Cleaning your vents at the start of spring will help promote a stronger airflow throughout the warmer months—with cleaner airs to prevent allergies from acting up as well. Use a vacuum (or a can of compressed air) to remove the outer layer of dust. Then remove the vent register or grate and use a wet cloth to wipe down the outside. Wrap the cloth around a butter knife to get in between the vents to clean out any dust. If you have multiple vent registers, you can also fill the sink with warm soapy water and submerge them all at once to help loosen the grime. Repeat this with all of your vents—from air conditioners to exhaust vents in the bathroom and kitchen.
Everything. When you look at the top of anything—your TV, your refrigerator, bathroom light fixtures—you’re likely going to find a surprising layer of dust. The same can be said for hard-to-reach areas like kitchen cabinets, ceiling fan blades, door frames, bookcases and anything else tall that can go months without ever seeing a dust rag. Your mother probably has a special duster with an expandable arm, designed just for this task. But really, a damp rag and a step stool is all you need.
You wash your clothes regularly, and you vacuum your rugs. Maybe you even vacuum your furniture with that special attachment. But other fabric items require cleaning to prevent them from becoming allergen magnets. That means curtains, and the accent pillows on your sofa, as well as throw blankets and pet beds. These trap dust, dander and other allergens if not cleaned seasonally. Be sure to check the manufacturer’s recommendations on the best way to clean these items.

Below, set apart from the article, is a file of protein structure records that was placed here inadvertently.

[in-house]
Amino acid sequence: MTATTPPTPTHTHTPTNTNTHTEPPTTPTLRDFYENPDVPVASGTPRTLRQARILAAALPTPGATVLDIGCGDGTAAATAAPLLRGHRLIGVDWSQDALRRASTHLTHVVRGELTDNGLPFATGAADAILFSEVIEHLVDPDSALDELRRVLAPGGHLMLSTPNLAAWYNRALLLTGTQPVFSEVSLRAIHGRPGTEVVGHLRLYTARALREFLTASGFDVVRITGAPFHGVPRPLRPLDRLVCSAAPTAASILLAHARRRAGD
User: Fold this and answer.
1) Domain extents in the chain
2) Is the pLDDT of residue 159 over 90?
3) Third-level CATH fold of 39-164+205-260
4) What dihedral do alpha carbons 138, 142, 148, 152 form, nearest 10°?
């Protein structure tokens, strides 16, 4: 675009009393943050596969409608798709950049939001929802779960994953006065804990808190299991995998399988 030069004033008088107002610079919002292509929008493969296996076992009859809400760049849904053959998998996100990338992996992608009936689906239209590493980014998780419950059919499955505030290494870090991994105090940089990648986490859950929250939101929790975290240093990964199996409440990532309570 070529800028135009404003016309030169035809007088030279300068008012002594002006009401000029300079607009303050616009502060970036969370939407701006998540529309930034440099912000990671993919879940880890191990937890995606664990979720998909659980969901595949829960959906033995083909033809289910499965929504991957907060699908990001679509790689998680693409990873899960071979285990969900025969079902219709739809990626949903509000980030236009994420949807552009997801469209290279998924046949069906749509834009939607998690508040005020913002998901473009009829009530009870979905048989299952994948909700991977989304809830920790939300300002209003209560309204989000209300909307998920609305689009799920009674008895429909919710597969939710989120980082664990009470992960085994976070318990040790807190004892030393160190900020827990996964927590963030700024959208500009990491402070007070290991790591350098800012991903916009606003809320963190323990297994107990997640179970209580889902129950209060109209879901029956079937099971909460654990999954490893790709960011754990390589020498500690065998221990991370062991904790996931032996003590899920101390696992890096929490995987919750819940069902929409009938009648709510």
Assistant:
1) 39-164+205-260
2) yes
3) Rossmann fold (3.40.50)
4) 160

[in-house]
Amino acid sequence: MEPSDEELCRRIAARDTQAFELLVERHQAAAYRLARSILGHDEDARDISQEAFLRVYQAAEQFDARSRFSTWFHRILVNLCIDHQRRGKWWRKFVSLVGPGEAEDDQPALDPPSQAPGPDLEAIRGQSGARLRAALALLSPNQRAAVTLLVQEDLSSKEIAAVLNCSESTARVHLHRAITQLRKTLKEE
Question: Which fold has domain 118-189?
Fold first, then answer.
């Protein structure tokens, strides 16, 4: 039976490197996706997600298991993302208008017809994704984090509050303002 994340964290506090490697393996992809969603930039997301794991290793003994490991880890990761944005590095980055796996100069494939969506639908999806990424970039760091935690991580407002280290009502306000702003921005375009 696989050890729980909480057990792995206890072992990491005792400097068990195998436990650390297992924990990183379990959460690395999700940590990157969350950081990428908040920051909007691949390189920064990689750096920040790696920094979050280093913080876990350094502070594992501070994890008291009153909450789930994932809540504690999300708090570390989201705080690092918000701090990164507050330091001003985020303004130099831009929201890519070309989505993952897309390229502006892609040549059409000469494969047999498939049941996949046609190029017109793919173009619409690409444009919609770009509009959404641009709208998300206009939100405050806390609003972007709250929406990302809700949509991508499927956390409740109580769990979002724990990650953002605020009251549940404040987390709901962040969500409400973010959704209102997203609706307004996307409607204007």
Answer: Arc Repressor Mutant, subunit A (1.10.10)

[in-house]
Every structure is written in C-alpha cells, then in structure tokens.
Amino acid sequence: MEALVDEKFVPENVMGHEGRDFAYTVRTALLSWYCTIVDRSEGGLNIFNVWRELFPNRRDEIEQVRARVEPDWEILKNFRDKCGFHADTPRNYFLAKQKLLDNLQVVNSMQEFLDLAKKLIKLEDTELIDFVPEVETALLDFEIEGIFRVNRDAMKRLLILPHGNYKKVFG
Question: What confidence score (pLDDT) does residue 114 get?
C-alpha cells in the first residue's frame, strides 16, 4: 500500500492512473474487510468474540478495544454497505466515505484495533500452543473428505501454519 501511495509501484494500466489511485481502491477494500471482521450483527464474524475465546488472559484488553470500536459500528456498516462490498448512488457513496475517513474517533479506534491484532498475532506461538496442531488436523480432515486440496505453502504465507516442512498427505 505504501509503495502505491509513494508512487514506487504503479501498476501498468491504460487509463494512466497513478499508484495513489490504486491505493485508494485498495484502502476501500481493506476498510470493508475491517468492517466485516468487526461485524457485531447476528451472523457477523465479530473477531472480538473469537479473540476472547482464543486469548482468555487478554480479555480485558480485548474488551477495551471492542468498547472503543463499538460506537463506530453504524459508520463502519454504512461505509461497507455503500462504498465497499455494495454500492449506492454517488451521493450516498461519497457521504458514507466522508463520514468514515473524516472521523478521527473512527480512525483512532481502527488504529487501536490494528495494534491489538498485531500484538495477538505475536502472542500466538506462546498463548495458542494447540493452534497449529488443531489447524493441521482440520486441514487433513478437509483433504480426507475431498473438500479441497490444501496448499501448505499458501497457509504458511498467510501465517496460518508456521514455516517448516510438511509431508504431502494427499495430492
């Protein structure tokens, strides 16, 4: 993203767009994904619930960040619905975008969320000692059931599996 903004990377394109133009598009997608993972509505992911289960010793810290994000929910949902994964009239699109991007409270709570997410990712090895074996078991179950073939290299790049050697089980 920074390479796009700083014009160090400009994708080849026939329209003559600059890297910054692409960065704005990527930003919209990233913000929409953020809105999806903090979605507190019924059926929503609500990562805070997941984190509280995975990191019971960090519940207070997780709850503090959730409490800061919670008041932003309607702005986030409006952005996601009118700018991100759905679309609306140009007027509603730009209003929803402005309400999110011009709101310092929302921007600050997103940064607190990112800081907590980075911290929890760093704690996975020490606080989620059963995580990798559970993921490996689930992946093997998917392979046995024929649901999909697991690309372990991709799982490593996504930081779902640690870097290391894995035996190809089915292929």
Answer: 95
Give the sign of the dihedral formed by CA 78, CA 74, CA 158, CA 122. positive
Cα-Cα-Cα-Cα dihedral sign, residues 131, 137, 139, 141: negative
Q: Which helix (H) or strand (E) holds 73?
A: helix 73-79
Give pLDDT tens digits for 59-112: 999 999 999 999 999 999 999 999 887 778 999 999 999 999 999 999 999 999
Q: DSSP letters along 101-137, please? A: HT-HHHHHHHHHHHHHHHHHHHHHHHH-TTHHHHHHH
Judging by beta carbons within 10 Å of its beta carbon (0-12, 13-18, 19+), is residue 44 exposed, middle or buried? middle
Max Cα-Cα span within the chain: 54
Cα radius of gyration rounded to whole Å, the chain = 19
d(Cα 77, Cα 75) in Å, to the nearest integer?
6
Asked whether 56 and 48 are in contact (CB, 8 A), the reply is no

If you notice a particular smell when you vacuum, or feel like it doesn’t pick up as much as it used to, then it’s time to clean your vacuum’s canister and filter. According to Merry Maids, canisters can be washed in the sink using warm soapy water. First, disconnect the canister from the vacuum cleaner, wiping it inside and out with a dry cloth. Then wash it out with soap, letting the canister dry completely before reattaching it. Check to see if the filter on your vacuum is disposable or washable. For washable filters, remove dust and debris from it by tapping the filter against a hard surface over a trash can. Rinse it thoroughly with water (soap typically isn’t recommended) and then let it dry completely overnight before reinstalling.
Your Trash Can
and Recycling Bin
Here’s a hard truth: Your trash cans are disgusting. So are everyone else’s. The one in the bathroom gets dried floss (and who knows what else) stuck to the inside. The one in the kitchen has remnants of old takeout around the lid and your recycling bin no doubt has spills dried on the bottom. That can leave a rancid smell that’s tough to shake. Wash the sides and insides using an all-purpose, disinfecting cleaner. Let it dry out completely before putting in a new bag.